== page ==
N.T. Wright on the nature of discipleship in a Christian’s life:

[I]t is a call to see oneself as having a role to play within a story—and a story where… there is one supreme Character whose life is to be followed. And that Character seems to have his eye on a goal, and to be shaping his own life, and those of his followers, in relation to that goal. (N.T. Wright, After You Believe, p. 17, emphasis original)

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The Importance of Land in the Bookends of the Old Testament

Stephen Dempster is an influential evangelical scholar focused on the Old Testament narrative. Among other works, he is most notable for Dominion and Dynasty, one of the top books that have shaped my life.

At the beginning of Dominion and Dynasty, Dempster notices similarities between the first and last books in the Old Testament (called bookends). Since Dempster follows the Hebrew Bible order of the canon, this means Genesis and Chronicles.

Dempster notes there are two striking similarities between Genesis and Chronicles: both focus on genealogies and the land. And while the genealogies are important, the land is a main character throughout the Old Testament. Here’s what Dempster writes about the land in Genesis:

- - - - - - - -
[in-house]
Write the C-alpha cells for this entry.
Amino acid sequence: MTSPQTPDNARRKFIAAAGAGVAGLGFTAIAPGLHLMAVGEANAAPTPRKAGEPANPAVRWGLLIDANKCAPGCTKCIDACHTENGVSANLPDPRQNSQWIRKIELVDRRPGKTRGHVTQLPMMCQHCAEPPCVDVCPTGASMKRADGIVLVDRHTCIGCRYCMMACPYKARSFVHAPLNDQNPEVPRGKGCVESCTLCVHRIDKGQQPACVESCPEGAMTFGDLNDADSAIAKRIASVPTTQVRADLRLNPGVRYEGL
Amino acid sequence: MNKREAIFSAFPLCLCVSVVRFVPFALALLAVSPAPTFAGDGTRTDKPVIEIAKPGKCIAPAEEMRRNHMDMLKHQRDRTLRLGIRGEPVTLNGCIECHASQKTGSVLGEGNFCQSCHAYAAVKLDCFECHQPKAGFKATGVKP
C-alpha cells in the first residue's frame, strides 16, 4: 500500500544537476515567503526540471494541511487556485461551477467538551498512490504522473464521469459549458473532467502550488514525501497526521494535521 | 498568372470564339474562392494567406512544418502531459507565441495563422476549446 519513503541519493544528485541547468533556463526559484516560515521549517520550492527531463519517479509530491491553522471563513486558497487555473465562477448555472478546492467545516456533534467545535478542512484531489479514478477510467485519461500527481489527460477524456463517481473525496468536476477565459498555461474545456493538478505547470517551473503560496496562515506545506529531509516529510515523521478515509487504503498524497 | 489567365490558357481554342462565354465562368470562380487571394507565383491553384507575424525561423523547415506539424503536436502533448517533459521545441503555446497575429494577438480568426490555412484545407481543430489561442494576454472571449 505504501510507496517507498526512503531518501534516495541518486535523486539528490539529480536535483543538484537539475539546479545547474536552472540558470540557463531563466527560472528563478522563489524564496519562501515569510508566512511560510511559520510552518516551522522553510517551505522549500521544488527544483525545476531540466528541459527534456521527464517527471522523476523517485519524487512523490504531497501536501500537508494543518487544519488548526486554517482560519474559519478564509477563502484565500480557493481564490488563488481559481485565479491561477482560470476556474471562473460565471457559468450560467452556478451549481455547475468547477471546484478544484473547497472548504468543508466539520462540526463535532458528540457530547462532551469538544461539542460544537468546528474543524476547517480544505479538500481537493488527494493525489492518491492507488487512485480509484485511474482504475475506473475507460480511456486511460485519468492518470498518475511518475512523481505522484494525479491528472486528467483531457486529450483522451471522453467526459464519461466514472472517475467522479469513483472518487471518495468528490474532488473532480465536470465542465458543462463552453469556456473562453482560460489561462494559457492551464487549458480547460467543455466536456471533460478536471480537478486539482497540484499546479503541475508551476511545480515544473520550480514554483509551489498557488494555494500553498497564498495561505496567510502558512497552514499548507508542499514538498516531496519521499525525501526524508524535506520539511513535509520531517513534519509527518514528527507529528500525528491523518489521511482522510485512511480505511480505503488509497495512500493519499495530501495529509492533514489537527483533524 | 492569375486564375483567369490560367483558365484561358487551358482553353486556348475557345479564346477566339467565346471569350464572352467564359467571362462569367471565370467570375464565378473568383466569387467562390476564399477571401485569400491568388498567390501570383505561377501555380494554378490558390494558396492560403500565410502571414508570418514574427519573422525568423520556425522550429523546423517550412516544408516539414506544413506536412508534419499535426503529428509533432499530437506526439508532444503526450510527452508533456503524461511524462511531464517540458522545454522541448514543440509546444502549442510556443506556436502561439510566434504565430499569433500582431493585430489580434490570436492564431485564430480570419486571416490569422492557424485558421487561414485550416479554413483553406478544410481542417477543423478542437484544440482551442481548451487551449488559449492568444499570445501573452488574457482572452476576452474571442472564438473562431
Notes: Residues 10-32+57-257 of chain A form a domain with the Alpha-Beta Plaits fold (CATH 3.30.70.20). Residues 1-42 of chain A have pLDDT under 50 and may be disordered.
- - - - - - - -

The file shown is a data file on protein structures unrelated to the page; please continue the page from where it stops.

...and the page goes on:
Genesis establishes a domain over which humans are to realize their humanity. The world is created by the command of God; the garden of Eden becomes the prime habitat of human beings until their exile from it. Humans are expelled from the earth with the judgment of the great deluge. The postdiluvian human community is dispersed across the face of the earth at Babel. And when Abram arrives on the historical scene he is promised a commodity that has been in short supply for human beings: a land to call his own. He never quite gets it, except a graveyard for his wife. By the end of Genesis his descendants are exiled in Egypt from this land of promise. From this exilic vantage point the aged Joseph’s remarks conclude the book of Genesis: ‘I am about to die; but God will surely visit you and bring you up out of this land to the land that he swore to Abraham, Isaac and Jacob’ (Genesis 50:24) (Dempster, Dominion and Dynasty, 48, emphasis original)

And here’s Dempster’s comments on the land in Chronicles:

Chronicles also focuses on the land, which Abraham and his immediate descendants did not possess. This focus narrows to Jerusalem and the temple within that land. For example, the heart of Chronicles concerns Jerusalem and the temple under David and Solomon, some twenty chapters! The ultimate tragedy is the destruction of the temple and the exile of the people to Babylon. Yet the end of Chronicles, like Genesis, is not exile. The note of promise is a directive from Cyrus for them to return to the land and rebuild the temple (2 Chronicles 36:23). (Dempster, Dominion and Dynasty, 48-49)